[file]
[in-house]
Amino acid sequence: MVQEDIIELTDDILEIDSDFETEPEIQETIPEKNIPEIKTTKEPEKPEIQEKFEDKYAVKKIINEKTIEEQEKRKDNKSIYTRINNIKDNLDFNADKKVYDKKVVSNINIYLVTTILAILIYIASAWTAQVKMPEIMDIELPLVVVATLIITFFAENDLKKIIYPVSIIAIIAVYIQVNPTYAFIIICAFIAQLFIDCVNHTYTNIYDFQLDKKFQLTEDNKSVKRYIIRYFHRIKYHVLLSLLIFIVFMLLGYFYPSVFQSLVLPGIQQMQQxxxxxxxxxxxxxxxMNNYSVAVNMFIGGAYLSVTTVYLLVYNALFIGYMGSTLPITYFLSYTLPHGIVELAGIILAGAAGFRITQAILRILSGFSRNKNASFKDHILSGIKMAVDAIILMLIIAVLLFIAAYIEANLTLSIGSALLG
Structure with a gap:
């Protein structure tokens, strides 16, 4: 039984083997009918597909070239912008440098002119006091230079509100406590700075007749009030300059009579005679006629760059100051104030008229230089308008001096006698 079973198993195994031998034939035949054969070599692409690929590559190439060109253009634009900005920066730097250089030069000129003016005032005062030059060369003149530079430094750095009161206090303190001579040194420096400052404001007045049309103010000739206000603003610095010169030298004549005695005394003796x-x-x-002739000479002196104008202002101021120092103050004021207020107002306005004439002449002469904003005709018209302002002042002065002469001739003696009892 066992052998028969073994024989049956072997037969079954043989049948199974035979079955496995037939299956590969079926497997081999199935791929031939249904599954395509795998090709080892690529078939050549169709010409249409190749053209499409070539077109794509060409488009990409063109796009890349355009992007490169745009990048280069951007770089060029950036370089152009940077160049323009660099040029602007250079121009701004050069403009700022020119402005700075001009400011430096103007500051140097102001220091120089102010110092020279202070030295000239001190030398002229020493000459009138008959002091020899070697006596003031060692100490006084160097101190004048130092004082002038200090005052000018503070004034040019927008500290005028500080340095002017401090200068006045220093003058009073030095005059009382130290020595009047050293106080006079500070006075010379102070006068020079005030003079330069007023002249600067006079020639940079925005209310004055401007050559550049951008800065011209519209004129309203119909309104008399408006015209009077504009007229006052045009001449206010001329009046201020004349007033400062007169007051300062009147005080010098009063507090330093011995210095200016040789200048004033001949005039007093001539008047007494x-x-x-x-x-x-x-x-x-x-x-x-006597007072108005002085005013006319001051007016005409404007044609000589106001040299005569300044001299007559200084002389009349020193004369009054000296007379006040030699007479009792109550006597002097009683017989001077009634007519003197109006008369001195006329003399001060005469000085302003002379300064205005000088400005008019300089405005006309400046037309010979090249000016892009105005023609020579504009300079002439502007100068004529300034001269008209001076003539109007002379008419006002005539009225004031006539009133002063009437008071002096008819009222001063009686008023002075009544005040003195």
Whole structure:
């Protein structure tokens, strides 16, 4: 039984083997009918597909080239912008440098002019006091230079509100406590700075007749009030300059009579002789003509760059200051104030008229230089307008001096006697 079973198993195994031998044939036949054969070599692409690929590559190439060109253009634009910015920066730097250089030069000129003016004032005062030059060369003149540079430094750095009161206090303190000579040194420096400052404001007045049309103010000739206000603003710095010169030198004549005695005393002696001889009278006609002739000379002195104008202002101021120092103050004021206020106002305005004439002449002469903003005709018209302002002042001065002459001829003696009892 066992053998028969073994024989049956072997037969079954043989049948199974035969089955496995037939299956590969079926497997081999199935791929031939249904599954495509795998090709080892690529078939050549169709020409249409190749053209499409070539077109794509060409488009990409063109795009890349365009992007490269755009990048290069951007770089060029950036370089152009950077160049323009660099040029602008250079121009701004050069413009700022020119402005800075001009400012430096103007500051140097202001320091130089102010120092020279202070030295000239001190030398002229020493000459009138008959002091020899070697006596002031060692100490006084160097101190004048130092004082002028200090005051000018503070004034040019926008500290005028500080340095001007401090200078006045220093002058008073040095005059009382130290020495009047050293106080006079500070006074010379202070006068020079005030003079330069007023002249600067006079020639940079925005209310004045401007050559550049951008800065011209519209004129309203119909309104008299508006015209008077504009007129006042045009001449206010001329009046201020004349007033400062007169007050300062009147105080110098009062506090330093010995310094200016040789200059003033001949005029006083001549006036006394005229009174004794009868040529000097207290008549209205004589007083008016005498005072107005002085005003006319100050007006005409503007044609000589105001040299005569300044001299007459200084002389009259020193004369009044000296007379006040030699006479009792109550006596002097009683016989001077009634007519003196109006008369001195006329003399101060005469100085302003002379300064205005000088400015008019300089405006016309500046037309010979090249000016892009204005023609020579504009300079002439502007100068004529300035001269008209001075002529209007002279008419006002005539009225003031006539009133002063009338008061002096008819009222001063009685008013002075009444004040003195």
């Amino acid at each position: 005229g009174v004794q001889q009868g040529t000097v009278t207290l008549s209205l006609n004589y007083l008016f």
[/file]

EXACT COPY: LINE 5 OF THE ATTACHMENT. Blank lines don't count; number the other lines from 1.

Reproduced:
Whole structure: